These YA mysteries place intriguing characters in well-realized settings, exploring secrets, lies, and even murders.

My Flawless Life by Yvonne Woon (Katherine Tegen/HarperCollins, Feb. 14): It’s hard growing up in the public eye, as Hana Yang Lerner knows all too well. Her father had to resign as a senator from Virginia following a public scandal. Since then, she’s become a pariah at her Washington, D.C., prep school—though her classmates from high-powered families secretly hire her to make their problems go away. When an anonymous client involves her in a case that’s connected to Luce Herrera, her ex–best friend, Hana gets drawn into an intense mystery, one filled with unexpected twists and revelations.

A Long Stretch of Bad Days by Mindy McGinnis (Katherine Tegen/HarperCollins, March 14): Ohio senior Lydia has a podcast, On the Ground in Flyover Country, that she hopes will impress Ivy League admissions officers. It’s also the chance for her to earn her missing history credit and graduate on time. Sheltered overachiever Lydia recruits earthy, hilarious, working-class Bristal, who is in the same academic predicament, to help her explore the town’s history for the podcast. Their research uncovers disturbing information about a missing girl, made more fraught by the close-knit small-town dynamics and the community’s culture of not making waves.

Good as Gold by Candace Buford (Disney-Hyperion, June 6): Casey Whitecroft was one of the few Black kids among the mostly white social elite, but then her dad declared bankruptcy, and now she’s a server at the country club where they used to be members. Her picturesque Georgia town draws in tourists, but beneath the quaint sights and romantic tales about lost pirates’ gold is another story, one embedded in aspects of the town’s history many would prefer to keep covered up. A mysterious old coin becomes the catalyst for Casey to dig deeper and uncover dangerous truths.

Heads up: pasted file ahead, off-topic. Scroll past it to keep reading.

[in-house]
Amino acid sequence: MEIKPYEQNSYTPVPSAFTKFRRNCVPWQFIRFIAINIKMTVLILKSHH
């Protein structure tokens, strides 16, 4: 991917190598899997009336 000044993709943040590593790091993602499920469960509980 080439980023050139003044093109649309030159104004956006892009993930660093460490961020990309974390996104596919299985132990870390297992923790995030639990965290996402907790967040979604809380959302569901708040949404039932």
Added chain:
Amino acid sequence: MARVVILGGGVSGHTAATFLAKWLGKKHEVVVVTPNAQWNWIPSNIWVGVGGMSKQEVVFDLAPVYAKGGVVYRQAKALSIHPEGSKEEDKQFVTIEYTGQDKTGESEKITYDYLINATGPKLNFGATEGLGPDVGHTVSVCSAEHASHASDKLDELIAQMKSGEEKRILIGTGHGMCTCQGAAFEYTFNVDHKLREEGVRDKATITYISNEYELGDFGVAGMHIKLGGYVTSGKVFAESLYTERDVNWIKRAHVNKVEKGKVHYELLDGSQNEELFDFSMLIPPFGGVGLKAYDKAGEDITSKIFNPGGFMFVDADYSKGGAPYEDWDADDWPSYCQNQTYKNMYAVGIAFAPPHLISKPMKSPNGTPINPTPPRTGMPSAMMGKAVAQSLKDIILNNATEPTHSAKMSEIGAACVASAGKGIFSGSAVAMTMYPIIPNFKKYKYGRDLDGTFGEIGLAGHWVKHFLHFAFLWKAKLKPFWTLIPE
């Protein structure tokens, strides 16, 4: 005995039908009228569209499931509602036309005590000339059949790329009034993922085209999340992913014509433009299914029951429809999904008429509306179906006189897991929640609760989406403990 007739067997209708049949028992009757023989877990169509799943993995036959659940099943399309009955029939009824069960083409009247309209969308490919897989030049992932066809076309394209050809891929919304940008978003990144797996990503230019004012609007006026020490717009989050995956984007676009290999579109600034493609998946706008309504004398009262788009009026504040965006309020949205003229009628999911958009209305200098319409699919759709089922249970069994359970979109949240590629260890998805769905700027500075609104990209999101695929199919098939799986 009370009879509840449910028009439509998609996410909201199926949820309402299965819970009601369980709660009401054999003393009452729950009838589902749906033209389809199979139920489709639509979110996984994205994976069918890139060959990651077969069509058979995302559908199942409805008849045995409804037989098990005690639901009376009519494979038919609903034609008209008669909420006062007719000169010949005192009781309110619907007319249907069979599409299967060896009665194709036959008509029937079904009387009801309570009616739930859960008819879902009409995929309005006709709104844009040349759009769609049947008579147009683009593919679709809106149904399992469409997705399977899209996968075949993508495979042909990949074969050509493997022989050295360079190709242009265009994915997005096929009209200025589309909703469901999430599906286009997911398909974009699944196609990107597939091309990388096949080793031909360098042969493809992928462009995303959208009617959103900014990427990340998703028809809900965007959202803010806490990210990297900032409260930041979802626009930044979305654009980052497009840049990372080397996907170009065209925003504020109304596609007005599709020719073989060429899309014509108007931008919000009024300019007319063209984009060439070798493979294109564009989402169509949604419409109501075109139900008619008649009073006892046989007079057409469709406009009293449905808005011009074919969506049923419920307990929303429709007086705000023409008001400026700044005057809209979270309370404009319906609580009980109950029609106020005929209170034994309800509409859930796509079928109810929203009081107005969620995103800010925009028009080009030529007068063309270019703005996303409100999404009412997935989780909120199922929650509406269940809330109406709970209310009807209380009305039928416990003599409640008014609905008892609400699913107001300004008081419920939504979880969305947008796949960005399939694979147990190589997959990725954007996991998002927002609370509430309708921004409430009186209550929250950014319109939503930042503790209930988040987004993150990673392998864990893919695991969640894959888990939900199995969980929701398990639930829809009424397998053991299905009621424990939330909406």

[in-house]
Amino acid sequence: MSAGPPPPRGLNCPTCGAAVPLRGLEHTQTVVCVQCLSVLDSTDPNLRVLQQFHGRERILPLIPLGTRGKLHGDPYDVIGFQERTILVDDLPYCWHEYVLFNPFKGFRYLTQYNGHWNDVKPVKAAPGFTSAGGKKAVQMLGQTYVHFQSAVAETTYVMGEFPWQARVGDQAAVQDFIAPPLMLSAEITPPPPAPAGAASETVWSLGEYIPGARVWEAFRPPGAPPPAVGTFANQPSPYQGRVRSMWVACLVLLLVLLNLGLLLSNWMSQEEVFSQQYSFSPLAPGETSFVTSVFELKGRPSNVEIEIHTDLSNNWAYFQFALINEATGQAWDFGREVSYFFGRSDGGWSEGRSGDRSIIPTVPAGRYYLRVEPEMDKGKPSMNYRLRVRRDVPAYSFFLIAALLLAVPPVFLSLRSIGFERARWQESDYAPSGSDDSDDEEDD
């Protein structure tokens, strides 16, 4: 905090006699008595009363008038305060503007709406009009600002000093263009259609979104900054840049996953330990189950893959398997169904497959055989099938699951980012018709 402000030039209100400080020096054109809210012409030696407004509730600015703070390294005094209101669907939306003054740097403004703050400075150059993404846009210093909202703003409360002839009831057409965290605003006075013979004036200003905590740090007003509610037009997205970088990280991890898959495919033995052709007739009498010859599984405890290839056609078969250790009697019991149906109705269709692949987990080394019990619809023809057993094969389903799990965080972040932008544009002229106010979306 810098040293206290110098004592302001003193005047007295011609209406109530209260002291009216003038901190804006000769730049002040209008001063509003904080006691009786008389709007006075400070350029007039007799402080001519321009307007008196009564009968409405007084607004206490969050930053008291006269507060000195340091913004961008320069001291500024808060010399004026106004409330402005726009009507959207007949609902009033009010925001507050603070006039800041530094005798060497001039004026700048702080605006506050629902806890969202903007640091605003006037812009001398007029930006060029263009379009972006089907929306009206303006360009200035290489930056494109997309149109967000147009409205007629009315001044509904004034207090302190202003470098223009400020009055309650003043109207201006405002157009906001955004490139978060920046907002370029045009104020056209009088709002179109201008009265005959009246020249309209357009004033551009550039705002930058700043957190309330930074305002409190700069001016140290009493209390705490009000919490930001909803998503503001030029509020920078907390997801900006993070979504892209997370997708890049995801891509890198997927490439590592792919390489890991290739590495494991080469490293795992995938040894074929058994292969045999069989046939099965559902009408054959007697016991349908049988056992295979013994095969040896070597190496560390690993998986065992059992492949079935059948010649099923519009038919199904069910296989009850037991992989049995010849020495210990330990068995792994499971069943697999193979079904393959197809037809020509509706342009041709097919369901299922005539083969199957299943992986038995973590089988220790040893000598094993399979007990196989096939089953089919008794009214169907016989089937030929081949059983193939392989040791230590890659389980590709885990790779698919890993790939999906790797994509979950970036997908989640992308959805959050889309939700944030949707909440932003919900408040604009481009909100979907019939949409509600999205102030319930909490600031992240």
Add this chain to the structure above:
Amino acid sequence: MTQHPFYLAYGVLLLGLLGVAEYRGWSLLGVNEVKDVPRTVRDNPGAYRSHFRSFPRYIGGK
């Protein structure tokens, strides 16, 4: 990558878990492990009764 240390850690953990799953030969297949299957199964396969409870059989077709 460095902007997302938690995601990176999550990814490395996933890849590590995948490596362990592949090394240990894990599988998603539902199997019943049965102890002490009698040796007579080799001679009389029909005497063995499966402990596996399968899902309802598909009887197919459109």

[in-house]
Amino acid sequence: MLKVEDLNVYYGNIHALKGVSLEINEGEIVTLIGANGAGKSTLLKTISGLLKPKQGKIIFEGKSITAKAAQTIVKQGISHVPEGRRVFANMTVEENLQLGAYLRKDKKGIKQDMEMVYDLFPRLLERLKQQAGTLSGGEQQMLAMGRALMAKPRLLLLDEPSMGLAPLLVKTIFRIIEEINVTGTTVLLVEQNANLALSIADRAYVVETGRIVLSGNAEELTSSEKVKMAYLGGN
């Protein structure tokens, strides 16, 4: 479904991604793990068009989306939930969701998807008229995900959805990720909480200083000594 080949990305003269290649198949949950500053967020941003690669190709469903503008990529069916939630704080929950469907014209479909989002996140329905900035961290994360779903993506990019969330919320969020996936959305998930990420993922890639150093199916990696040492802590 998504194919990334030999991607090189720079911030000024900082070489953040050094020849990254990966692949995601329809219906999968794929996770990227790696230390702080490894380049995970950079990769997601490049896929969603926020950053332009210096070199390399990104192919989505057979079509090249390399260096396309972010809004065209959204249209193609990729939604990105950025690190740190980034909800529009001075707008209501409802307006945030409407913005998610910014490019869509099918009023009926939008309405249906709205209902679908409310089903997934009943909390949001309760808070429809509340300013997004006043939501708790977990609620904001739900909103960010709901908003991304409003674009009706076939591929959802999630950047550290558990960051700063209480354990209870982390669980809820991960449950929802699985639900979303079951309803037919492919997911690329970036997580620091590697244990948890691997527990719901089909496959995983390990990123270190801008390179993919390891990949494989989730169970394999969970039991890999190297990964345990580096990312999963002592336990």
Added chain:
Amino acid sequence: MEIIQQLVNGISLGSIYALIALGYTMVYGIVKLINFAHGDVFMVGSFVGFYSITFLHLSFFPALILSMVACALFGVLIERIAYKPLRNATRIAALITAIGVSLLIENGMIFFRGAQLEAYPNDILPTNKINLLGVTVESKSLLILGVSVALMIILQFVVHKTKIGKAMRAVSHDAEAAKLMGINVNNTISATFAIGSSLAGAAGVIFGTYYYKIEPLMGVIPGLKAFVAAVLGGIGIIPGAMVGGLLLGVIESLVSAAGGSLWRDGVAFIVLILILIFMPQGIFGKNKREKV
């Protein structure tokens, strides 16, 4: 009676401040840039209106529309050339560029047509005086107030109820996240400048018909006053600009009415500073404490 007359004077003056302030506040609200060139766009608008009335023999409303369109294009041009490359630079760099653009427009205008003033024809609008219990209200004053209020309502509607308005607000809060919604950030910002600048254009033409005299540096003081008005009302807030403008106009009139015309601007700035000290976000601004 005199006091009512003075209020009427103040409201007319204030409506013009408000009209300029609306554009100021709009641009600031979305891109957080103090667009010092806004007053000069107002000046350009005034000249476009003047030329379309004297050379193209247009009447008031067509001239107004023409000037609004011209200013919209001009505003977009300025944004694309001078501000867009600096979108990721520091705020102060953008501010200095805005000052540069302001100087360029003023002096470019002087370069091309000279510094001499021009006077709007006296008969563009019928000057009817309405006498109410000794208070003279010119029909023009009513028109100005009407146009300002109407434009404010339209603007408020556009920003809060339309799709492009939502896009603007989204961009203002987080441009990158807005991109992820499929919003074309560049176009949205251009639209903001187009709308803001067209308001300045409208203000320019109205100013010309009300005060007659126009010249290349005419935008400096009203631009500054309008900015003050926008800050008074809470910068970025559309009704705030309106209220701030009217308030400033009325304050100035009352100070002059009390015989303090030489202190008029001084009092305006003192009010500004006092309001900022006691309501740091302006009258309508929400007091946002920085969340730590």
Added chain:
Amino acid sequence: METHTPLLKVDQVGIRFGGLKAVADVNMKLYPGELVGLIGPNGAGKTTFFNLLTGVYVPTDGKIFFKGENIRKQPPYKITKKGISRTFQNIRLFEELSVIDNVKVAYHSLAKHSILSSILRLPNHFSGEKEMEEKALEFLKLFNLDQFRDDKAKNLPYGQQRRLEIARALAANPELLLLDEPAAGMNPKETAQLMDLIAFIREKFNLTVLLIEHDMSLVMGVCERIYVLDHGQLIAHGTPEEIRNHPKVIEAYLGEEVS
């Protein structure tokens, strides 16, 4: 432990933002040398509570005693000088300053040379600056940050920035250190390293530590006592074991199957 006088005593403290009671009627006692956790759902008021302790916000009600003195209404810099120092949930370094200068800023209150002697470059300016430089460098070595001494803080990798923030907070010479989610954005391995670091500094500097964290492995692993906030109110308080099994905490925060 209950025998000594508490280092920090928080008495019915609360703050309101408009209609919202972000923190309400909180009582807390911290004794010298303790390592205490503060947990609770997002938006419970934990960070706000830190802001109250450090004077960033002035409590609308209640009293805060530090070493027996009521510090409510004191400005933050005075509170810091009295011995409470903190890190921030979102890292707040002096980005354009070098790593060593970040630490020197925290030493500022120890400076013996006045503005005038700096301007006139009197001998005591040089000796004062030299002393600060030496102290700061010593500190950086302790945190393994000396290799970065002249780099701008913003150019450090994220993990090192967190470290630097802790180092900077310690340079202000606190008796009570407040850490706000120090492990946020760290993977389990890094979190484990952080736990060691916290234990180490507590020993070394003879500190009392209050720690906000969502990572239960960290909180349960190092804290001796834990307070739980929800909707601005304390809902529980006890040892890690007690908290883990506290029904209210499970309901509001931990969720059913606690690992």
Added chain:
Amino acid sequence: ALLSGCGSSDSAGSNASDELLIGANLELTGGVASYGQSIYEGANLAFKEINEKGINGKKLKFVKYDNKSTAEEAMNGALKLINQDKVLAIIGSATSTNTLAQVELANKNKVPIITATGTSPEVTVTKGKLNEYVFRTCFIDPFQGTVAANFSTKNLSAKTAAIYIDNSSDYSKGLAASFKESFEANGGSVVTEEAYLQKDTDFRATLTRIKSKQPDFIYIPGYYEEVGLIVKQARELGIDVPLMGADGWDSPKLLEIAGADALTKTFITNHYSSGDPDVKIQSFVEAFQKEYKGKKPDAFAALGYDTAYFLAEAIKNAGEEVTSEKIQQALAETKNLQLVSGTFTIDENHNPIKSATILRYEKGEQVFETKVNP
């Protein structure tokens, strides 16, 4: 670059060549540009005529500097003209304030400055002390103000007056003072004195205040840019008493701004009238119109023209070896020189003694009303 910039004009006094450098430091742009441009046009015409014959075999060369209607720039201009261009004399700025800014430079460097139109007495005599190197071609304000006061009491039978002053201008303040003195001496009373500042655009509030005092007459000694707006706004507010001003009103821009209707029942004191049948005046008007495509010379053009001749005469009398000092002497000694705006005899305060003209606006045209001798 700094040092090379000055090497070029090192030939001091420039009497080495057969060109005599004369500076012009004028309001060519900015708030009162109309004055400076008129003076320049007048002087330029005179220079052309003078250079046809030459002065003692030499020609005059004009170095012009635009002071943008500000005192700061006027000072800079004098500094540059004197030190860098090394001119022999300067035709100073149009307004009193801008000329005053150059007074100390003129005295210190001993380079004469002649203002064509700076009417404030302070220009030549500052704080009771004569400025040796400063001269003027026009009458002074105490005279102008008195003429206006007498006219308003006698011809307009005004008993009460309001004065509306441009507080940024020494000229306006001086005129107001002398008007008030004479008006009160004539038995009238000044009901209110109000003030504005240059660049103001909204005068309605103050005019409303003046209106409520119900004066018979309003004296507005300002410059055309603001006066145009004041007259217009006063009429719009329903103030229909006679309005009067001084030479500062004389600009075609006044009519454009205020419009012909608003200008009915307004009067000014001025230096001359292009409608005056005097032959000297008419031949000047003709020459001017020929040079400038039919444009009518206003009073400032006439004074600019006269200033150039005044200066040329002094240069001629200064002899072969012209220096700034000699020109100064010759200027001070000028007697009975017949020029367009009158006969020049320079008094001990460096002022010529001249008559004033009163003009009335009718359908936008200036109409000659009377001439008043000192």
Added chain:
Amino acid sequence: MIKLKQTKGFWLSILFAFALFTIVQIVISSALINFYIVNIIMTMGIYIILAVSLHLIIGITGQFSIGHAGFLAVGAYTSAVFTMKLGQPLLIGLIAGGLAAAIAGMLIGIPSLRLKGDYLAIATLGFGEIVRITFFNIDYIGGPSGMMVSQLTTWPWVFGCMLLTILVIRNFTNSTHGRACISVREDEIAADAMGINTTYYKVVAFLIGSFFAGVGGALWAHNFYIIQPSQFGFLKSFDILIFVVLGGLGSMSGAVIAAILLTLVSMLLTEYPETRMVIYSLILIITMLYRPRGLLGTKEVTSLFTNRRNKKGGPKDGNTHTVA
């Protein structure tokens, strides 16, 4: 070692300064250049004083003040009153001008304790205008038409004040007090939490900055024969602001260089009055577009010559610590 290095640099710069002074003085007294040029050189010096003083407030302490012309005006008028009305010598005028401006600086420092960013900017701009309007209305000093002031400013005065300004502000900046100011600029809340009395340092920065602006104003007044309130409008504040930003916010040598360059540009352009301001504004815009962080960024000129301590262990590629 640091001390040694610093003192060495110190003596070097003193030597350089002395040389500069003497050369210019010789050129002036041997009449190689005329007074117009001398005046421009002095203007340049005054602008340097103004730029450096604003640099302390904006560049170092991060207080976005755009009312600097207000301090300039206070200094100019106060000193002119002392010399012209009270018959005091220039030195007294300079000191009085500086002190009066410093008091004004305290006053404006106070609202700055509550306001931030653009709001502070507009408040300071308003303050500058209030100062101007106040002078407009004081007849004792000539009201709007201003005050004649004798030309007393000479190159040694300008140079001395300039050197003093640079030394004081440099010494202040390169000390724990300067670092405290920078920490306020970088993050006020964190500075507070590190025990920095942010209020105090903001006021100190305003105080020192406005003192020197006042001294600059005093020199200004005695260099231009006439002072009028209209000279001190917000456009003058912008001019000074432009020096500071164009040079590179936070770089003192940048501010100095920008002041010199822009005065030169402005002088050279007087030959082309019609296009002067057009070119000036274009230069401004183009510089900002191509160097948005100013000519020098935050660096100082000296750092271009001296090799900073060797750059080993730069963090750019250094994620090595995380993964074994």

Grim by Sara B. Elfgren, translated by Judith Kiros (Arctis Books, June 20): Kasper Nordin is spending his summer in the dark, working in the House of Demons at an amusement park. His co-worker Iris is a massive fan of legendary 1980s Swedish death metal band Dark Cruelty. She’s thrilled to discover that Kasper’s dad is Håkan, the band’s bassist, and that he was named after lead singer Kasper “Grim” Johansson, who died mysteriously at 19, leading to the band’s breakup. Rumors abound—but Håkan won’t talk. When Kasper starts dreaming about Grim, he and Iris decide to investigate his death.

Suddenly a Murder by Lauren Muñoz (Putnam, Sept. 5): The setting: a weeklong high school graduation celebration in an old mansion on a private island in Maine. The cast: seven teenagers from an elite prep school kitted out in authentic 1920s clothing and separated from their electronic devices. The surprise twist: one dead body. Izzy Morales, the daughter of a Marian Academy teacher, lives a modest life compared to her jet-setting classmates. The surprise getaway arranged by her BFF, Kassidy, takes a tragic turn, however, when Kassidy’s boyfriend, Blaine, is found stabbed to death in his room. Flashbacks and police interrogations reveal the young suspects’ secrets and complicated dynamics.

Laura Simeon is a young readers’ editor.